Anyway, on I went and Alex was a really good listener. Such a good listener, in fact, that I made him listen when I would have been better off changing the subject. Instead I told him about the engagement ring in the soup six months later at the Aman in Bali, the wedding six months after that at Luttrellstown Castle, falling pregnant with Hal on our honeymoon in the Maldives, moving into the house (that bloody house) in Hertfordshire . . . I had practically got to the end of the marriage before I remembered to ask Alex about himself. Which is not like me, but he made it too easy. Though I did tell him other things too—all the family got brief name-checks, in case you're feeling sidelined, though I may not actually have covered all the pets. And no, I didn't tell him about the really important stuff, didn't fill in the biggest gaps. My tongue was a bit loose, but there are limits.

So Alex told me about magazine publishing (about which I pretended to know less than I do, because even you know model agent = models = magazines) and he told me about his kids and his house and . . . he didn't say much about his wife, which was, for a married man, a pretty glaring omission. But I tried not to notice the glare and we just chatted and eventually it was eleven thirty and people started making time-to-go noises and even though I didn't want to go I knew it was a school-night for everybody else, so, weirdly, I ended up being first out of the door, mostly so I wasn't the last. Alex gave me a peck on the cheek and said it had been lovely to meet me. And Lisa gave me a kiss and a bit of finger-wagging. Not that she needed to because that was that. Really nice guy. Married. End of. I don't do married. No woman who's had it done to her is ever going to do married men, are they, Mum? Especially not a second-generation dumpee.


Thursday June 4, 2009

From: [email protected]

To: [email protected]

Good to see you and Lisa last night. Didn't realize I was crashing a dinner party—sorry. Still wanna meet up for a beer tho. Stuff to talk about. Value your input. A

From: [email protected]

To: [email protected]

No worries, mate. You looked like you were having a good time anyway?! Thought you must have met Pip before at our place, but obv not! Anyway, can do quick beer after school 2moz, if that's OK?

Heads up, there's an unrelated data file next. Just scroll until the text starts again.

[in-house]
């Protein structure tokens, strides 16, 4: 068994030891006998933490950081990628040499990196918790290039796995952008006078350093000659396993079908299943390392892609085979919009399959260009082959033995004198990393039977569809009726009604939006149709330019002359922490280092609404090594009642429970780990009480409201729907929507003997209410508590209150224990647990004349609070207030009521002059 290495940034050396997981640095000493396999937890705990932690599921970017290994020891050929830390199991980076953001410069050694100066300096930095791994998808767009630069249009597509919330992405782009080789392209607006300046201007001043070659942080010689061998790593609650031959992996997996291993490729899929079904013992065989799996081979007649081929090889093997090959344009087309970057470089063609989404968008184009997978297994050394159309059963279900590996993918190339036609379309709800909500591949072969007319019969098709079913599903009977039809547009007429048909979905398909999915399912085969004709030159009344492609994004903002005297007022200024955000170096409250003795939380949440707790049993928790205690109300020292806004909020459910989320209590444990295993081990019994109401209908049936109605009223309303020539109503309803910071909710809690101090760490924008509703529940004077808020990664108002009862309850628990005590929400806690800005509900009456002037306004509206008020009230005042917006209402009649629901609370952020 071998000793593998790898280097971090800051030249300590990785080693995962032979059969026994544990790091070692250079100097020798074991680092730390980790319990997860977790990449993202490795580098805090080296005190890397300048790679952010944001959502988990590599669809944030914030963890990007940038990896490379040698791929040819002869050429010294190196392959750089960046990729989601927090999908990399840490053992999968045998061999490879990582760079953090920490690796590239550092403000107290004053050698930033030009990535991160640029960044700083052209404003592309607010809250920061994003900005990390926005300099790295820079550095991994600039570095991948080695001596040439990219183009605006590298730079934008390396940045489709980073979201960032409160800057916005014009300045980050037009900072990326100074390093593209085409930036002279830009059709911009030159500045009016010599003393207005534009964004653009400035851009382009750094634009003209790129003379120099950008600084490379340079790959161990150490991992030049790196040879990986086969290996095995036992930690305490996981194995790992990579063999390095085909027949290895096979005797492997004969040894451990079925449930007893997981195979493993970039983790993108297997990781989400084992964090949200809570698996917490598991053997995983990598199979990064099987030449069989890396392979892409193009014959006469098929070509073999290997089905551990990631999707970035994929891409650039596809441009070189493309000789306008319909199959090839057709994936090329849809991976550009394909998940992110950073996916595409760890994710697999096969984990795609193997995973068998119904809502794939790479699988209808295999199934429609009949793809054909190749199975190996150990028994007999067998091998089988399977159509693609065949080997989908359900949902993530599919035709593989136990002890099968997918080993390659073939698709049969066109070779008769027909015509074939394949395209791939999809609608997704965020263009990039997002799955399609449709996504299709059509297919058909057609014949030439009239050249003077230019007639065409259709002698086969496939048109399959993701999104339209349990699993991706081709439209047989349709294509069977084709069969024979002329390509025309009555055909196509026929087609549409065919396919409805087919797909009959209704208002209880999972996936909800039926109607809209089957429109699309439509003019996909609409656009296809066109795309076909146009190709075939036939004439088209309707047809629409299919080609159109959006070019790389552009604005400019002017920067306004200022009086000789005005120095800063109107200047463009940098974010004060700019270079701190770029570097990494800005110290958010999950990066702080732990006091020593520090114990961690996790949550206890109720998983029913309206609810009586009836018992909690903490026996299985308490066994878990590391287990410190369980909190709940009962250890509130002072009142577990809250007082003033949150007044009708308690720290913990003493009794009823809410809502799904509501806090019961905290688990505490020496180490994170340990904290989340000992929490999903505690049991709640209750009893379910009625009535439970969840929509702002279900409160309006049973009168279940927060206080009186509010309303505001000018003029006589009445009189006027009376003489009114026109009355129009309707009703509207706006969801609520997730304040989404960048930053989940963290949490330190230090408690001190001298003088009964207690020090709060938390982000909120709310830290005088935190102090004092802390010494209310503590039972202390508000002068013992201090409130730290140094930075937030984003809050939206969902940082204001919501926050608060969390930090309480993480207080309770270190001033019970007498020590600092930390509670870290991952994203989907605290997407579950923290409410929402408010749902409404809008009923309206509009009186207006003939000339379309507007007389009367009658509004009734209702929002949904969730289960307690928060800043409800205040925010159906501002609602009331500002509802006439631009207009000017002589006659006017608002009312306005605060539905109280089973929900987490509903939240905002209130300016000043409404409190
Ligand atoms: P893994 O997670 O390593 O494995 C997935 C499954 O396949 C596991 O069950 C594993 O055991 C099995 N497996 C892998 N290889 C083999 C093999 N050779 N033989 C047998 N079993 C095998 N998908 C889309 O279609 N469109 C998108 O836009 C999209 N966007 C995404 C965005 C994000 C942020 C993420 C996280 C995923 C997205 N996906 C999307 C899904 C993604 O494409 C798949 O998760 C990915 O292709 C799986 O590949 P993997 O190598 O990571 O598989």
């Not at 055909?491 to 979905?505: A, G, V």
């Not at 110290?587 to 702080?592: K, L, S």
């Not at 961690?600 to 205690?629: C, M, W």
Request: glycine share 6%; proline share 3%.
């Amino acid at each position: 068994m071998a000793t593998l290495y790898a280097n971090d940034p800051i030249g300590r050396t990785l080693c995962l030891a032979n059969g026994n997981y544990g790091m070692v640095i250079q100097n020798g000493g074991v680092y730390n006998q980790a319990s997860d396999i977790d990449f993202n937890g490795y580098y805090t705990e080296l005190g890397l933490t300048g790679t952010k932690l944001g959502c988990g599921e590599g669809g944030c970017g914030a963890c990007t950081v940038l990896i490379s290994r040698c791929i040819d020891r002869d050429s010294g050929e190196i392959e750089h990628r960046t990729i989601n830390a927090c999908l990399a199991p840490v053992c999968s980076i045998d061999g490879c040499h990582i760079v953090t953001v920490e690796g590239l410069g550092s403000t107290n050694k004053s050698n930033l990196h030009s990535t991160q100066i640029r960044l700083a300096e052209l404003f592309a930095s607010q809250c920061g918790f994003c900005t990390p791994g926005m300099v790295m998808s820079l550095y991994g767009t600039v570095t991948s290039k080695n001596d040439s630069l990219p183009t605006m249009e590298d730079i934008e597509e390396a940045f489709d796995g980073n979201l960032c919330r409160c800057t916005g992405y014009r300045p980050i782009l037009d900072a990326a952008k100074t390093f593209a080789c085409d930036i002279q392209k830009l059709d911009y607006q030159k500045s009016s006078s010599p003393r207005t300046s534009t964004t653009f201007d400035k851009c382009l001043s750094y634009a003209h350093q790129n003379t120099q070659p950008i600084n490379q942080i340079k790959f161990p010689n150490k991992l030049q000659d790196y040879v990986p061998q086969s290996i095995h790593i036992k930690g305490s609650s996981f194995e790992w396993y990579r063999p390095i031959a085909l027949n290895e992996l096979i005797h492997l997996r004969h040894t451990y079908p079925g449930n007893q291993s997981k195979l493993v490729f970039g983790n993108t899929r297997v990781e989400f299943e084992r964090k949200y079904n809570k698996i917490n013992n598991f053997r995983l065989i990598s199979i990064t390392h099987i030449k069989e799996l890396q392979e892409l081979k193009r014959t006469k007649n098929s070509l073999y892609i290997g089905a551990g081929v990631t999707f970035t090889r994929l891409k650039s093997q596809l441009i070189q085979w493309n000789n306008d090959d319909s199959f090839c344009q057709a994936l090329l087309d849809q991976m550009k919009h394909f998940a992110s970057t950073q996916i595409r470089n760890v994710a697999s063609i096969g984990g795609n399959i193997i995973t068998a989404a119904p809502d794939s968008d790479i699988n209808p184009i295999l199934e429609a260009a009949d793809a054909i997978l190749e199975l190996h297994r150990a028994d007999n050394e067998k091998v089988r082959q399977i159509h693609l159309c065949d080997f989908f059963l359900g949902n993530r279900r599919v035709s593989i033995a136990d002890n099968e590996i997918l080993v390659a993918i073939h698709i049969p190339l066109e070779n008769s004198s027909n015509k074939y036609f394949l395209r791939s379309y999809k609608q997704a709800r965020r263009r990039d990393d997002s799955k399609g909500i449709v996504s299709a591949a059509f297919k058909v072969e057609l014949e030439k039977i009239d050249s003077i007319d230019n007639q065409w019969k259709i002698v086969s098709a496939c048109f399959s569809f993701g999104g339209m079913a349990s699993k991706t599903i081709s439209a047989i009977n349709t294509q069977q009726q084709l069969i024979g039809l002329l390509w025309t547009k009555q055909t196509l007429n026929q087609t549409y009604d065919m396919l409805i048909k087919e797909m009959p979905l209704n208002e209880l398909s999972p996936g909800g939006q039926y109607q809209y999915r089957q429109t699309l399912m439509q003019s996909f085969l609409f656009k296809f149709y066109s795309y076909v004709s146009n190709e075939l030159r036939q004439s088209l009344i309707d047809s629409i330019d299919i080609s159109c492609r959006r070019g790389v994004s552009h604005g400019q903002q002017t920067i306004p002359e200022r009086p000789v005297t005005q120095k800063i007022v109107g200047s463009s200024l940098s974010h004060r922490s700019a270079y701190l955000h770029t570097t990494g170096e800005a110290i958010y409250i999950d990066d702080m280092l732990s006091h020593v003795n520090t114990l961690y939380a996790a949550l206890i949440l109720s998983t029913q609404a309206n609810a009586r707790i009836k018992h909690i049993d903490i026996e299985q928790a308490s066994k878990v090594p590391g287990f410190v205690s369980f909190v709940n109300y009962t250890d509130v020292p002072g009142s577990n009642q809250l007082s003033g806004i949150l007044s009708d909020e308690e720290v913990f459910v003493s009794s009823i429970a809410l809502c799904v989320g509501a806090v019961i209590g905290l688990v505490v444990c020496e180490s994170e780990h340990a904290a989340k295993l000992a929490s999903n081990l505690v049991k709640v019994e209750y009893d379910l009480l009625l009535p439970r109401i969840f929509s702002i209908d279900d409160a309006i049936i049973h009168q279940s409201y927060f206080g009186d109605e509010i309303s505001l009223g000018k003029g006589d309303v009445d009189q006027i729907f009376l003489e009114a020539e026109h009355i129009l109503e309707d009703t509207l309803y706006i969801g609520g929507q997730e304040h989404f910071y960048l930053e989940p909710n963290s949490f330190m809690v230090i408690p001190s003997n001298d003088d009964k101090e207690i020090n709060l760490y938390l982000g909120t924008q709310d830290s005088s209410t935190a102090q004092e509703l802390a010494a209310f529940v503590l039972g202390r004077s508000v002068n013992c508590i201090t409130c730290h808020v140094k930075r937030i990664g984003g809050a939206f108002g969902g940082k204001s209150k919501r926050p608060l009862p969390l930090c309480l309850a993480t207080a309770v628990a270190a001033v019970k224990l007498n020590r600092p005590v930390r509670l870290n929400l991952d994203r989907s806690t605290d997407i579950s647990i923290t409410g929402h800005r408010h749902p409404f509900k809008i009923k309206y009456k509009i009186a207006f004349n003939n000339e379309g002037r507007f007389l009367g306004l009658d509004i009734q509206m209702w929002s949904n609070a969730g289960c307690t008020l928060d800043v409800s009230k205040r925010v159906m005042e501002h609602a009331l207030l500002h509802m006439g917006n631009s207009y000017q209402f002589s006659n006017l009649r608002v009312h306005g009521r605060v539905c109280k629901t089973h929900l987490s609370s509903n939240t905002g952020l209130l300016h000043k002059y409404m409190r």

From: [email protected]

To: [email protected]

Roger that! The usual, 6:30?

From: [email protected]

To: [email protected]


Friday June 5, 2009

From: [email protected]

To: [email protected]

Sorry bruv—have to blow you out tonight, big stuff going down at HQ with the Germans. Will prob be working late anyway and better get home. Don't know exactly why I'd better get home, but I feel I should. A

From: [email protected]

To: [email protected]

No probs. And you've got to get home because home is where the heart is, right? G

From: [email protected]

To: [email protected]

So they say! A

Thursday June 11, 2009

From: [email protected]

To: [email protected]

Just tried your phone but no joy. Listen, really need to talk. Things not quiet on the Western Front. Or the Eastern Front. Or indeed any fucking Fronts . . . Call me when you pick this up? A

From: [email protected]

To: [email protected]

Out of this twunting meeting by 5. Call you then . . . G

From: [email protected]

To: [email protected]

Just got to say, further to our chat? Holy shit. Hang in there. We're just talking about a hunch, nothing hard-and-fast. Don't let it eat you up. No need to steam in and say anything until you've got something to say, right? Thinking of you. Let's just get this party out of the way then we can all breathe easy. OK, easier . . . G

From: [email protected]

To: [email protected]

Thanks. It'll be fine. Grateful for input, as ever. Home now . . . A

BOOK: Separate Lives
12.89Mb size Format: txt, pdf, ePub